reviewing and making recommendations to the board of directors with respect to director compensation;

 

    reviewing and discussing with management the compensation discussion and analysis to be included in our annual proxy statement or Annual Report on Form 10-K; and

 

    reviewing and discussing with the board of directors corporate succession plans for the chief executive officer and other key officers.

Nominating and corporate governance committee.                     currently serve on the nominating and corporate governance committee, which is chaired by                 . Our board of directors has determined that each member of the nominating and corporate governance committee is “independent” as defined in the applicable NASDAQ Stock Market rules. The nominating and corporate governance committee’s responsibilities include:

 

    developing and recommending to the board of directors criteria for board and committee membership;

 

    establishing procedures for identifying and evaluating board of director candidates, including nominees recommended by stockholders;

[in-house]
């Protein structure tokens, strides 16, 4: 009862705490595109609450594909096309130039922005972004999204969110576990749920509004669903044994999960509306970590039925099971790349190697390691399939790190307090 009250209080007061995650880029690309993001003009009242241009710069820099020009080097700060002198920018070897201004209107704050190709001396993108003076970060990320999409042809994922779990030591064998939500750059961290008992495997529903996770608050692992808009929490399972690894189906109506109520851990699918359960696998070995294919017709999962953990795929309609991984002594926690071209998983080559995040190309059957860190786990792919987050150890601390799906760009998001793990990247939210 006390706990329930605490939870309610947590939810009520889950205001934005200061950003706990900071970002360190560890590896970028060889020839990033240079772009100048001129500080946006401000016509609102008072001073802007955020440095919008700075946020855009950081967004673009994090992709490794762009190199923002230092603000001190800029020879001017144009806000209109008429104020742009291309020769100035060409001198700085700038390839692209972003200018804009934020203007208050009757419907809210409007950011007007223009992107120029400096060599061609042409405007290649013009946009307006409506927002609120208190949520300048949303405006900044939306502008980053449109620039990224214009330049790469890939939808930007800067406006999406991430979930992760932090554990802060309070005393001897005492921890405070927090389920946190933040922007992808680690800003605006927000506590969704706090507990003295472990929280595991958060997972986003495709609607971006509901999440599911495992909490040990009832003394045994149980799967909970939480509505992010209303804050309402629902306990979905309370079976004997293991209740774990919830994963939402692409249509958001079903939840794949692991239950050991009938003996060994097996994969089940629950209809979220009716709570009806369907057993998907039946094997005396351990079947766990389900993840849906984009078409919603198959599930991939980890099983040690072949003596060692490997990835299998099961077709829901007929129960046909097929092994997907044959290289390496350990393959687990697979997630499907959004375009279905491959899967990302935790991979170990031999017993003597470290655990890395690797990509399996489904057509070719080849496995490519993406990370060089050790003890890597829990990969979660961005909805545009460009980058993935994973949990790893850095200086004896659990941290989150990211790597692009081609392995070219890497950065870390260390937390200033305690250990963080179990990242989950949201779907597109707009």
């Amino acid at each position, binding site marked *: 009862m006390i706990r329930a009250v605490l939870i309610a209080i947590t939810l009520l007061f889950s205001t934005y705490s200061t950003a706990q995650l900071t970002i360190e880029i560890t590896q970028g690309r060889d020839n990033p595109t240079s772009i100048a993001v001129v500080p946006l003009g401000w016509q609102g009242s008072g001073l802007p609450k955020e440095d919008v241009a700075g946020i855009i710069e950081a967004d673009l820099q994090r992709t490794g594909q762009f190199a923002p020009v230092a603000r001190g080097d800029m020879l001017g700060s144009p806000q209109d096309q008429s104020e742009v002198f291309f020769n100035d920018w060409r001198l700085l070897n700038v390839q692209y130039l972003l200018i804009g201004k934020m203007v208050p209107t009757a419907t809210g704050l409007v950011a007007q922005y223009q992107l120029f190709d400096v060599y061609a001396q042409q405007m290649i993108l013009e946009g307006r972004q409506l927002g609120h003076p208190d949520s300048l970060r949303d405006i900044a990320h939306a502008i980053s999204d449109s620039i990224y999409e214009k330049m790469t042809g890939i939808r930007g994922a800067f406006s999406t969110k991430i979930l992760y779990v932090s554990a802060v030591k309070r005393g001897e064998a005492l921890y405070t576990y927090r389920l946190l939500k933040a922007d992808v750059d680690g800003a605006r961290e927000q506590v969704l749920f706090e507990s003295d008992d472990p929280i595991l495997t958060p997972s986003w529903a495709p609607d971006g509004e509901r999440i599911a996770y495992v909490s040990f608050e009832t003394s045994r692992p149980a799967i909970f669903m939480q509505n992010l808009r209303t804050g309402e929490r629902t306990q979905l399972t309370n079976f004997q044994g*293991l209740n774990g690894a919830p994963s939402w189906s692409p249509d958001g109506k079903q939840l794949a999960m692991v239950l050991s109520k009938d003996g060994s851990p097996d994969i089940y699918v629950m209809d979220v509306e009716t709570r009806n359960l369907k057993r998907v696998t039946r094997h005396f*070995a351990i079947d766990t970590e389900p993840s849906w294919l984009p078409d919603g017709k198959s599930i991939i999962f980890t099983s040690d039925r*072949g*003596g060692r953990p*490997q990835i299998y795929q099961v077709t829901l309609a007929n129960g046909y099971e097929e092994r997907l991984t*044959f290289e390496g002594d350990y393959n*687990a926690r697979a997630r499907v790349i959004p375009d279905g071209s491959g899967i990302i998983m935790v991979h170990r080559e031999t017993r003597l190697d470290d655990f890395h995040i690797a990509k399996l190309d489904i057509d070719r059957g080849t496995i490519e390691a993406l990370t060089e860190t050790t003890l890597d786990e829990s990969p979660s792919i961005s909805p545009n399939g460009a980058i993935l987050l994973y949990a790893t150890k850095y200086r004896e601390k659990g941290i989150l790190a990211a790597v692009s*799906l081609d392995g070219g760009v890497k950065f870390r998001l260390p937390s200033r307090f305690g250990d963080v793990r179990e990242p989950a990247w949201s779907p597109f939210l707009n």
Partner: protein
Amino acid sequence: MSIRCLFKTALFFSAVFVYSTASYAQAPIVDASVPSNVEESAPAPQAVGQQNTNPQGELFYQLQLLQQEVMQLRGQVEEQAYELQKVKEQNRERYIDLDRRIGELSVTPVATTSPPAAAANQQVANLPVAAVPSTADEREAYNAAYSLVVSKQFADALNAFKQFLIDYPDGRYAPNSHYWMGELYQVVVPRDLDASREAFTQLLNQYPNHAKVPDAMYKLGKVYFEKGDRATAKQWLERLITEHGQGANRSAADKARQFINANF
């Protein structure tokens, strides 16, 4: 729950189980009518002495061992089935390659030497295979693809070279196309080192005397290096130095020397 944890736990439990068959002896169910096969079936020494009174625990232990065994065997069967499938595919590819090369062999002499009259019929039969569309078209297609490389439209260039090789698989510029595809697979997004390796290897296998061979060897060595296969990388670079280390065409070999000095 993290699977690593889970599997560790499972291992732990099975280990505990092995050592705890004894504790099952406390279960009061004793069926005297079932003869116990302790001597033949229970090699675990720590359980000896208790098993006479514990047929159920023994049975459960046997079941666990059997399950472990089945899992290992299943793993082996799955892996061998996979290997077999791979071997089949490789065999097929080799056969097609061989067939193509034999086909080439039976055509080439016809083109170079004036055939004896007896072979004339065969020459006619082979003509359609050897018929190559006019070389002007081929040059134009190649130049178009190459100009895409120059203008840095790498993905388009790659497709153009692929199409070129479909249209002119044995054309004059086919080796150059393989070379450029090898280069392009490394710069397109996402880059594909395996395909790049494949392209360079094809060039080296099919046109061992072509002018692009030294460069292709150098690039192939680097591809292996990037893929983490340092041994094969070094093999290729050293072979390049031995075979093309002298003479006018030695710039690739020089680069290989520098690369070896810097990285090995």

reviewing the size and composition of the board of directors to ensure that it is composed of members containing the appropriate skills and expertise to advise us;

 

    identifying individuals qualified to become members of the board of directors;

 

    recommending to the board of directors the persons to be nominated for election as directors and to each of the board’s committees;

 

    developing and recommending to the board of directors a code of business conduct and ethics and a set of corporate governance guidelines;

 

    developing a mechanism by which violations of the code of business conduct and ethics can be reported in a confidential manner; and

 

    overseeing the evaluation of the board of directors and management.

Our board of directors may from time to time establish other committees.

Compensation Committee Interlocks and Insider Participation